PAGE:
Yesh Atid leader Yair Lapid: “I’m sorry for pretending to be someone I’m not, even though it is totally working and getting me plenty of votes. I’m not so rightwing. I’m more secularist than I’m letting on. And I’m not shadow foreign minister, even though I’m acting like one. I apologize for everything except telling people not to read Haaretz. I don’t regret that at all.”

Defense Minister Avigdor Liberman: “When I was in the opposition, I promised that if I became defense minister, Hamas leader Ismail Haniyeh would be dead within 48 hours. It has now been more than 48 days, rockets are flying from Gaza again, we haven’t invaded, and Haniyeh is still alive. Sixteen people connected to my party have been indicted, and though I haven’t been this time, it’s my fault, and I apologize.”

Joint List head Ayman Odeh: “I was supposed to be the moderate Israeli-Arab leader people were waiting for. But like that thing in the entrance to Jerusalem, I haven’t looked anything like a bridge. I refused to join any government, even if it was led by the Left. I’ve defended outrageous moves by members of my faction. Now we all ditched Shimon Peres’s funeral. Even Abu Mazen [Mahmoud Abbas] went to that! I apologize.”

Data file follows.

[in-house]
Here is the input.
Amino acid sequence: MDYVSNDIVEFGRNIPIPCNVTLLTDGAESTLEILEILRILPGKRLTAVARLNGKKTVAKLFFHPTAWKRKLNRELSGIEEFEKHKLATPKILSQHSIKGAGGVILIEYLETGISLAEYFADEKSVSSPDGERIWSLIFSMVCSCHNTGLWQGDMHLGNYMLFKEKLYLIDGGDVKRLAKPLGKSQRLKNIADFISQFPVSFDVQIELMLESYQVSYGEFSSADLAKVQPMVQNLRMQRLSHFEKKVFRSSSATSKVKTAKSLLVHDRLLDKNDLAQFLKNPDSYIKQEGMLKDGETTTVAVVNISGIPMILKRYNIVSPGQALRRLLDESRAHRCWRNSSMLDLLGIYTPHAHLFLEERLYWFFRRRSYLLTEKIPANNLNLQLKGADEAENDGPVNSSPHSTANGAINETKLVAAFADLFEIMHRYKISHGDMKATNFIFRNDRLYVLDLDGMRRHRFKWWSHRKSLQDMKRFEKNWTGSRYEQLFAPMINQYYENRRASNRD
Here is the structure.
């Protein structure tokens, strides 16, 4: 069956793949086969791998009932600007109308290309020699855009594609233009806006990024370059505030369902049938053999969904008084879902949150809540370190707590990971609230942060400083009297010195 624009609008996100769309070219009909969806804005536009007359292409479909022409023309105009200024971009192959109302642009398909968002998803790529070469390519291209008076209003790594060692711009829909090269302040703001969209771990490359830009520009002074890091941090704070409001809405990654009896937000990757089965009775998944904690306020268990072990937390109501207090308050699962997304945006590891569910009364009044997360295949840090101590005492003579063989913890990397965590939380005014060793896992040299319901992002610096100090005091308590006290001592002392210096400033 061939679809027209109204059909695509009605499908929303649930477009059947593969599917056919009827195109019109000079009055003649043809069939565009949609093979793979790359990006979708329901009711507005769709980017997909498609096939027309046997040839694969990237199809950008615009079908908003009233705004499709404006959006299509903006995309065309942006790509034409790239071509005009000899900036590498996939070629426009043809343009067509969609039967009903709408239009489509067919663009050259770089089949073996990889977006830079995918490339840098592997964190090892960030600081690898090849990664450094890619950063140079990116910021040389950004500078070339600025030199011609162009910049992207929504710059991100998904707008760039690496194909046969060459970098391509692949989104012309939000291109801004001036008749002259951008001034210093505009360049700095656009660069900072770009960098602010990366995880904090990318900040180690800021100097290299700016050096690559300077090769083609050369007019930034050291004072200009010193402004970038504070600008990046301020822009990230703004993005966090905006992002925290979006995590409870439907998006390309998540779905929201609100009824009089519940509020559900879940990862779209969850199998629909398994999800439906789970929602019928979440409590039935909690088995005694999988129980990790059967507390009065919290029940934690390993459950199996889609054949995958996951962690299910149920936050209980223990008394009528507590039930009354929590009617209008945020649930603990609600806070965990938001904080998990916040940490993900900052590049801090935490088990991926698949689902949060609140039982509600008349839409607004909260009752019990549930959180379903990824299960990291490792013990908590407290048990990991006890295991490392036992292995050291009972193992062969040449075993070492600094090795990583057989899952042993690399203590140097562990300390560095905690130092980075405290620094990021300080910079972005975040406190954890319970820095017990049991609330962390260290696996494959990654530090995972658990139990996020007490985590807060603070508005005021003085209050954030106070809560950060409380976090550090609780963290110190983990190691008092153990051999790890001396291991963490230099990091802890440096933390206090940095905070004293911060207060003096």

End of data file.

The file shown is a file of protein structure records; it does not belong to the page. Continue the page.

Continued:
Education Minister Naftali Bennett: “I, too, was supposed to be a bridge. But my decision to fund haredi (ultra-Orthodox) schools even if they fail to teach the core subjects of math and English will harm the economy, prevent them from working, and is a bridge to nowhere for them. I apologize.”

Finance Minister Moshe Kahlon: “I admit expectations for me were set way too high, and there was no way I could possibly deliver. After I lowered cellphone service rates from way too much to almost nothing, people thought I would be able to do that with all products in Israel, including housing in Jerusalem and Tel Aviv. It hasn’t happened, and it’s not going to happen. I apologize.”

Health Minister Ya’acov Litzman: “I was doing such a good job reaching out to the secular that I was the cabinet’s most popular minister. Then I shut down the trains across the country because of work done on Shabbat. I then threatened to do it every week, even though that would lead to more Shabbat desecration. Ssshhh! Don’t tell my rabbi, but they’re working on the train this Shabbat again. I apologize.”

Culture and Sport Minister Miri Regev: “I’ve gone way too far in spreading my ideology. It’s a democracy, and other people have a right to an opinion that’s not my own, even if they run a theater or join the new Israel Broadcasting Corporation. But the worst thing I did this past year was make Israelis think that ‘Kat ze bullsheet’ is English. I’m told it’s not. I apologize.”

Former prime minister Ehud Barak: “Why am I talking so much? It clearly doesn’t make people like me or miss me at all. If I run for prime minister, I’d lose to Elor Azaria, Rachel Azaria, Rachel the Poetess, and probably Oren Hazan. I complain about Netanyahu a lot, but I broke up the Labor Party to stay his defense minister, so I’m the last person who could criticize him. I apologize.”